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A Word For Busy People
 
"It is not enough to be busy...the question is 'what are we busy about?' " - Henry David Thoreau
 
"Building gives us a sense of accomplishment and security, but even the grandest monuments on earth are temporal and vulnerable. Our true security rests with Jesus Christ and the truth of the Bible. Are you spending too much energy on projects that one day will rust or decay?" - from Generation to Generation - Devotional Thoughts Drawn From The Past
 
On what are you spending your time? What kind of pursuits or ventures consume your day? Are they led of the Lord? Or are they "projects" that one day will rust or decay?
 
Many people - Christians included - are very busy people. From morning till night, their time is taken up with some kind of work. At the end of the day, they usually drop into bed - totally exhausted.
 
Does this describe you?
 
Work is a commendable thing. God's Word rebukes laziness and slothfulness and firmly supports diligence.
 
But the important question we must all ask ourselves is - Are we busy, being about our Father's business, or is our work simply an undertaking birthed by our own flesh?
 
Did God tell us to do what we are doing?
Is our busyness energized by the Spirit of God or our flesh?
What is our basic motive for being so busy?
Are we in competition with another?
Do we work so ardently so that we can impress others with our great accomplishments?
To what end are our many projects taking us?
Are they for the Glory of God and the advancement of His kingdom, or are they strictly for the advancement of our name?
 
One very crucial key in this whole matter is - does our busyness take us away from fellowshipping with our God?
 
Are we too busy for God? Then we are too busy!
 
Satan is a pro at sidetracking and distracting the people of God. He feverishly works at drawing us away from the "secret place of the Most High." He slowly tries to convince us to replace that which feeds our spirits with that which is frivolous and amusing to our flesh. He desires that our lives be filled with vanity and nothingness so that we do not get the "meat" of the Word and grow stronger spiritually.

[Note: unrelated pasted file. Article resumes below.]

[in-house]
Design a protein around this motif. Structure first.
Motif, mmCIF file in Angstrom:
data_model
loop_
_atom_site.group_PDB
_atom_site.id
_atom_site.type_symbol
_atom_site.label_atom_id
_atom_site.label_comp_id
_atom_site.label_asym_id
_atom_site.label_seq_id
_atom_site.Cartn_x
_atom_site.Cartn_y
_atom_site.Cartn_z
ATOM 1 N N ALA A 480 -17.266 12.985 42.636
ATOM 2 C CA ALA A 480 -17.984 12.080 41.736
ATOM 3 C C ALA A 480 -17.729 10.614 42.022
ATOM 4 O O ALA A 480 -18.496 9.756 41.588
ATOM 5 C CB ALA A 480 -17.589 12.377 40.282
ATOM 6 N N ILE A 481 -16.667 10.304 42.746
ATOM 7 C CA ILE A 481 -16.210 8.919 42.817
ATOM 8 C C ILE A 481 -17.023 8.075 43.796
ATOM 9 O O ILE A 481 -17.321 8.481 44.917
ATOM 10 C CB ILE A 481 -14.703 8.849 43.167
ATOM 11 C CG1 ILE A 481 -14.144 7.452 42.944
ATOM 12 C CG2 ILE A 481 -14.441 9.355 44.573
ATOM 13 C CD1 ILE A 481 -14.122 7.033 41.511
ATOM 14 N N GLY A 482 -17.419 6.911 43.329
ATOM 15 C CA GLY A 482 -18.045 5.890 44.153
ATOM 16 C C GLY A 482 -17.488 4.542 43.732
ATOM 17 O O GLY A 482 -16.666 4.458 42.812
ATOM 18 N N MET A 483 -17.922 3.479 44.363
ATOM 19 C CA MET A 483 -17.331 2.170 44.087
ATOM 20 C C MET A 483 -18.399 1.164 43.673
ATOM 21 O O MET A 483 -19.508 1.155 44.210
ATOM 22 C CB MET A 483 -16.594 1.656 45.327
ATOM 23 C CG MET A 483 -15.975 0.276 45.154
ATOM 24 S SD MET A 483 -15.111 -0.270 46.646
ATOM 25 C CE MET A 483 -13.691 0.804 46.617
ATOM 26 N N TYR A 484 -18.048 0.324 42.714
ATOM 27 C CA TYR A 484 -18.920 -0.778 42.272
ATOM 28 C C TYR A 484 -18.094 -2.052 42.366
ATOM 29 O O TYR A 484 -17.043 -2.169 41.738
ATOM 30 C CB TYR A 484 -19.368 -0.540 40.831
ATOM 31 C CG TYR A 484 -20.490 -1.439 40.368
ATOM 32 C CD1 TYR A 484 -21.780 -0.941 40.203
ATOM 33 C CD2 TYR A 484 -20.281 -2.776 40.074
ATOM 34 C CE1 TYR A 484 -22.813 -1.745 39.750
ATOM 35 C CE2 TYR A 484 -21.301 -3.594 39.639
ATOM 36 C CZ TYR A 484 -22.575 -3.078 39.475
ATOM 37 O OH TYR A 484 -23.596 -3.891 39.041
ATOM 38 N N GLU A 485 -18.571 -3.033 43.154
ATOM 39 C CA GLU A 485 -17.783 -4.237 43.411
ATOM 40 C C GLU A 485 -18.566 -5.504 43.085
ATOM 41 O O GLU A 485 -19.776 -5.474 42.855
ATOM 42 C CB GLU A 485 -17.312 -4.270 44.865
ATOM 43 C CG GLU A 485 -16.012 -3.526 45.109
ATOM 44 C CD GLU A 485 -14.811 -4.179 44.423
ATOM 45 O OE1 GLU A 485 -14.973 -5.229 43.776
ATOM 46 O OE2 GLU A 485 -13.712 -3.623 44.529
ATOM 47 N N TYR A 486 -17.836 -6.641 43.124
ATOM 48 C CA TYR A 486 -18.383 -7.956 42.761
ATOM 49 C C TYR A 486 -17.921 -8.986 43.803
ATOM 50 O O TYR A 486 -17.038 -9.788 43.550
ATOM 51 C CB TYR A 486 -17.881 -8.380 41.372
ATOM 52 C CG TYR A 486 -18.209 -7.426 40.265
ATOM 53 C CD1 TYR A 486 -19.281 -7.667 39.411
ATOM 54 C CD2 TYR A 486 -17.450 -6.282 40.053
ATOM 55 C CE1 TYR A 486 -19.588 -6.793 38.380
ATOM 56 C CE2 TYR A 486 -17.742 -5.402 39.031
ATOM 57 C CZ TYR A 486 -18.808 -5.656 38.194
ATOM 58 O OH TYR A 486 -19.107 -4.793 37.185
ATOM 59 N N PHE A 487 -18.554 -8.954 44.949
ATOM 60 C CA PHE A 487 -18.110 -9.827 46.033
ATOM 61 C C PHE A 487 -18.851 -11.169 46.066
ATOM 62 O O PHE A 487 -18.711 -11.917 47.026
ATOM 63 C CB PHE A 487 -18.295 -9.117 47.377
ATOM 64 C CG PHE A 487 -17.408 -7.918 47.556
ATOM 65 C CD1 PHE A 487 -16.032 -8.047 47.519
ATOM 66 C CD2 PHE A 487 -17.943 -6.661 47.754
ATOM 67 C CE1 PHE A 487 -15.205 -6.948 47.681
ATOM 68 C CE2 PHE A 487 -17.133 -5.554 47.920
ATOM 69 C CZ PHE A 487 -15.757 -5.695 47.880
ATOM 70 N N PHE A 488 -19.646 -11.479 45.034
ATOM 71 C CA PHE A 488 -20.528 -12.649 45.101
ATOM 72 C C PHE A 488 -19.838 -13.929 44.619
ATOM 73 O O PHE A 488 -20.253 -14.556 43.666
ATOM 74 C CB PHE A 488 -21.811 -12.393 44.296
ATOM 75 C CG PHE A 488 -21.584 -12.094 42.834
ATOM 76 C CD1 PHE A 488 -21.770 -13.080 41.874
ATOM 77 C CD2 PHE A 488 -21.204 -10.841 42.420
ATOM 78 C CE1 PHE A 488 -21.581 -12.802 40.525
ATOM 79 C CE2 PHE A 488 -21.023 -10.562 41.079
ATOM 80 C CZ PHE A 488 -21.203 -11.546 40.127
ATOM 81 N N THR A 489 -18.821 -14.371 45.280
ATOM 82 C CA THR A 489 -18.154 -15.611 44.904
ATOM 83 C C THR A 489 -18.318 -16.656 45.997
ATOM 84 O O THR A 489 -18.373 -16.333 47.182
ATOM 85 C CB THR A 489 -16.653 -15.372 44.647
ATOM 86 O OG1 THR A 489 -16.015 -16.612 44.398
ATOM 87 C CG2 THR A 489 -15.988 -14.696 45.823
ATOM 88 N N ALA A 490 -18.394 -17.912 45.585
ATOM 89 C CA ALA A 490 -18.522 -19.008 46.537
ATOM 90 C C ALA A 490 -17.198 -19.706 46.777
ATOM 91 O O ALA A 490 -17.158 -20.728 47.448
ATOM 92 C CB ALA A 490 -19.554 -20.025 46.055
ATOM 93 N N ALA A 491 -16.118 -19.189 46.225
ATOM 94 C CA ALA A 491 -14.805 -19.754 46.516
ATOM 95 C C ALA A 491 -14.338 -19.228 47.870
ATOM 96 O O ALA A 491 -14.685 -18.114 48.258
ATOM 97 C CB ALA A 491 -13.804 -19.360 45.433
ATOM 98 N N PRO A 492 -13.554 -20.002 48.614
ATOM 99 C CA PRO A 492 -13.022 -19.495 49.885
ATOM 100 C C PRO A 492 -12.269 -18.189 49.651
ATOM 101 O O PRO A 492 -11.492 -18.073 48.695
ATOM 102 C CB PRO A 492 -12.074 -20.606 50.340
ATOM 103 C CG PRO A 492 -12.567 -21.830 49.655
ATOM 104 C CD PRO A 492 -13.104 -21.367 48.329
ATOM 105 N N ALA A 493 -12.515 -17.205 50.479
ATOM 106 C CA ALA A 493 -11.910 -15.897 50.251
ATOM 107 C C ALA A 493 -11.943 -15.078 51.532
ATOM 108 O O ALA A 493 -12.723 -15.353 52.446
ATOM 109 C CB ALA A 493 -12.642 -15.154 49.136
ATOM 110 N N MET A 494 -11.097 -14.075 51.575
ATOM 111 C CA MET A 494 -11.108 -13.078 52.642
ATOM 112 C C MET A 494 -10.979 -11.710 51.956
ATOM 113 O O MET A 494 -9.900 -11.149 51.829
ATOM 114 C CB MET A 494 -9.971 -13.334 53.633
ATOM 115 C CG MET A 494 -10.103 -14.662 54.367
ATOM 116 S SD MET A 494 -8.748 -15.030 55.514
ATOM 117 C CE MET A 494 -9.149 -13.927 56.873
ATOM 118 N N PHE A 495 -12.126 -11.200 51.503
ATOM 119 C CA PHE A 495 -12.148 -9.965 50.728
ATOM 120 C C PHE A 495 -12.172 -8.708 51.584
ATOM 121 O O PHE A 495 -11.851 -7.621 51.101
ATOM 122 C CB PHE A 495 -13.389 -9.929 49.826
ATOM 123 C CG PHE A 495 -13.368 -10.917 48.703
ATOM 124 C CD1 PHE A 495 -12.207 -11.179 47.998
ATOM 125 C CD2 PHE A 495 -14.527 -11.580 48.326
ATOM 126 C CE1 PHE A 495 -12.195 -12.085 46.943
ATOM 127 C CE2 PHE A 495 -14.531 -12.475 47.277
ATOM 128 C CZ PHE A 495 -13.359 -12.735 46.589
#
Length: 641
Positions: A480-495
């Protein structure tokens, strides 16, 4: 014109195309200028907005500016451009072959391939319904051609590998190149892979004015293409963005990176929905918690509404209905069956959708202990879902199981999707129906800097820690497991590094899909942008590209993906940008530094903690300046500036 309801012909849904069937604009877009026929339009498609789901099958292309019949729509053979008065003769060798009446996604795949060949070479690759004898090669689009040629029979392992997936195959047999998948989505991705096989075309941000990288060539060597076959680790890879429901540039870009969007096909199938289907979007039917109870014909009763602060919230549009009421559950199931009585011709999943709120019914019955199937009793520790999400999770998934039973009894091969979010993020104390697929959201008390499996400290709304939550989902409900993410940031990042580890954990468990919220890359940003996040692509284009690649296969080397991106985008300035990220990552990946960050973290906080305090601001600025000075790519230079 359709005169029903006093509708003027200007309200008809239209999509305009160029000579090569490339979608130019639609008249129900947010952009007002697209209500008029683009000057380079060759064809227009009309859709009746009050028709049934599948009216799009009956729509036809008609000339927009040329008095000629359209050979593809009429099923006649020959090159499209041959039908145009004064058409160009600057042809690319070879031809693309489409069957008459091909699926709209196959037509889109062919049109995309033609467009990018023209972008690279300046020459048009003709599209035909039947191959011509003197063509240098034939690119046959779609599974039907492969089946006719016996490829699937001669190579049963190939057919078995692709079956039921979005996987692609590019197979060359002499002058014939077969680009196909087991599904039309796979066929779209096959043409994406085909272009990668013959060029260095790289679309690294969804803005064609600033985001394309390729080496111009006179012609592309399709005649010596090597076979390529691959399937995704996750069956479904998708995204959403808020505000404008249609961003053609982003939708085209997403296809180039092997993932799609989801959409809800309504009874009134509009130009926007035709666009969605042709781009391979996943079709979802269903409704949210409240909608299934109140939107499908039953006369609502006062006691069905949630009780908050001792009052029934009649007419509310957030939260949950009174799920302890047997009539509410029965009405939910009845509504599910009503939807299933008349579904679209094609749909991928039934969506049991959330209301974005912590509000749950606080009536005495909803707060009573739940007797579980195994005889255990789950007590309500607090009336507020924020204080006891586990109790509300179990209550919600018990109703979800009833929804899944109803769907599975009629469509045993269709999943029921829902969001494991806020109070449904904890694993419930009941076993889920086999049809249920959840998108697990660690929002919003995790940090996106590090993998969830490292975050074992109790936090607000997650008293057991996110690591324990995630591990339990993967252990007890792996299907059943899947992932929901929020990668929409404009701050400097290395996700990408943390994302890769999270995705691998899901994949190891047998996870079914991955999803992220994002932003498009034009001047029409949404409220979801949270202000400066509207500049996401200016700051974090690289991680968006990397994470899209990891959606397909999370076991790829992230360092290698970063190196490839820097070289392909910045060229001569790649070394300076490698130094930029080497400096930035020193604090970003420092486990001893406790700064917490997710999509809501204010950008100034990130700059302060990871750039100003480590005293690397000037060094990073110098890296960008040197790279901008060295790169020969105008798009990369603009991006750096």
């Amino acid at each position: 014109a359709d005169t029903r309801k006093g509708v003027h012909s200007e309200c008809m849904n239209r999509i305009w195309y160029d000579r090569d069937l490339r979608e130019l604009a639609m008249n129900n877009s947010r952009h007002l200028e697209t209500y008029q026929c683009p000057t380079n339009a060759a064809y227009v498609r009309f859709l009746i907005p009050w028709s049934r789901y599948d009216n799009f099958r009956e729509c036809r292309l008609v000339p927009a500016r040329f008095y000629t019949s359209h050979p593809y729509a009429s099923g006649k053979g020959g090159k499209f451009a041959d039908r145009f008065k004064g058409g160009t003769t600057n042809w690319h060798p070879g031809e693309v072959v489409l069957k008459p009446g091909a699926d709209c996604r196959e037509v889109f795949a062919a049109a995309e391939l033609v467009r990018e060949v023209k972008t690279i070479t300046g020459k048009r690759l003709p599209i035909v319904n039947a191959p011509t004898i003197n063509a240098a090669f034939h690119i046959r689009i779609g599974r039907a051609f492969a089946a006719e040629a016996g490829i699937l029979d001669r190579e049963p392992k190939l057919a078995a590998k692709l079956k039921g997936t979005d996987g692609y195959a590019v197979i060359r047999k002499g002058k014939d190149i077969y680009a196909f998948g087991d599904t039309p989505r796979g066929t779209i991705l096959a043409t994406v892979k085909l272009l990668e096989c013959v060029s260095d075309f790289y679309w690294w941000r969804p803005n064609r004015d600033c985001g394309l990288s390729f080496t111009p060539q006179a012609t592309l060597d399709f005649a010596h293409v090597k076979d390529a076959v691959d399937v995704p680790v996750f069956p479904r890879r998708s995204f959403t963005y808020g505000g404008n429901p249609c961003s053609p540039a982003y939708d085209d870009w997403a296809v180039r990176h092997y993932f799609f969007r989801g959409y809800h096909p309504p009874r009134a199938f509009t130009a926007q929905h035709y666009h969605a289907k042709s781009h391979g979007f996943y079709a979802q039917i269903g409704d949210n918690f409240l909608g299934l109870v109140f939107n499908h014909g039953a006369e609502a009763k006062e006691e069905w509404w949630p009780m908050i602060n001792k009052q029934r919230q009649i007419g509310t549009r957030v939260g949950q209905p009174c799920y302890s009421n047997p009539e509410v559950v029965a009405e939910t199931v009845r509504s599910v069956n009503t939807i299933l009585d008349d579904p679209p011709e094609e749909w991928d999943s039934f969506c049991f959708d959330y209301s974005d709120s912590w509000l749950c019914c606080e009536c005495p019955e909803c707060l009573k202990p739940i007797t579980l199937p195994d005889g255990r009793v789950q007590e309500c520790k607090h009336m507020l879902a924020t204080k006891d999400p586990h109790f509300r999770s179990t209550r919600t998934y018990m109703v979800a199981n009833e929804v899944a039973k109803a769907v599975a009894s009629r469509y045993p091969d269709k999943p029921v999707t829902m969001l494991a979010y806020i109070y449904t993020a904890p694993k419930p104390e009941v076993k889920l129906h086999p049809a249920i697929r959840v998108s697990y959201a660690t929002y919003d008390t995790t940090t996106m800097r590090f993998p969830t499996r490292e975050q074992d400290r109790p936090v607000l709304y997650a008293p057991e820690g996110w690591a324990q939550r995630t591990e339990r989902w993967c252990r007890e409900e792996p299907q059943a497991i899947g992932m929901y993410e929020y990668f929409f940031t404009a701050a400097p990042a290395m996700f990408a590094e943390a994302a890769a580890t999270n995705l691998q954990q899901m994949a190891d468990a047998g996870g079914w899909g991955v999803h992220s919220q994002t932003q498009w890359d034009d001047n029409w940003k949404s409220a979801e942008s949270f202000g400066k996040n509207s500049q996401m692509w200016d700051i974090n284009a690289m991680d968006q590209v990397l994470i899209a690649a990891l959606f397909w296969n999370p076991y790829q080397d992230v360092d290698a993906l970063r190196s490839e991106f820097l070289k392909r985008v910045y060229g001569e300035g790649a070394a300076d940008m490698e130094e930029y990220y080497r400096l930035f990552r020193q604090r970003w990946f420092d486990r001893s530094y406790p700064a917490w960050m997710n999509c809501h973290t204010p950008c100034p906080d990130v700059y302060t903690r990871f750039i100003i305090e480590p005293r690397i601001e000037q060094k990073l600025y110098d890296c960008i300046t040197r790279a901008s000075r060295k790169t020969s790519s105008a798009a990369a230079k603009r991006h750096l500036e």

The Scriptures abound with people who were busy with many projects, but were their ventures initiated and administered by God?
 
Look at Solomon.
Ecclesiastes 2:4-6 and 11 relate how he constructed many buildings of various kinds, planted pleasure gardens and paradises, and built aqueducts and reservoirs and yet concluded that it was all "vanity and vexation of spirit" - "I made me great works; I builded me houses; I planted me vineyards; I made me gardens and orchards, and I planted trees in them of all kind of fruits:  I made me pools of water, to water therewith the wood that bringeth forth trees...Then I looked on all the works that my hands had wrought, and on the labour that I had laboured to do: and, behold, all was vanity and vexation of spirit, and there was no profit under the sun."
 
Is it wrong to build houses or plant vineyards, tress, gardens, and orchards? Absolutely not! In fact, one of the buildings that Solomon constructed was the grand Temple to house God's Awesome Presence.
 
But there was a time when his heart was not right with God and all of His "great works" were simply means of trying to fill the empty void in his life. In that case, his endeavors were worthless, empty, and vain.
 
Building and planting cannot bring true satisfaction and meaning to our lives. Only an obedient walk with Jesus can.
 
Look at the people in the days of Noah and then in the days of Lot.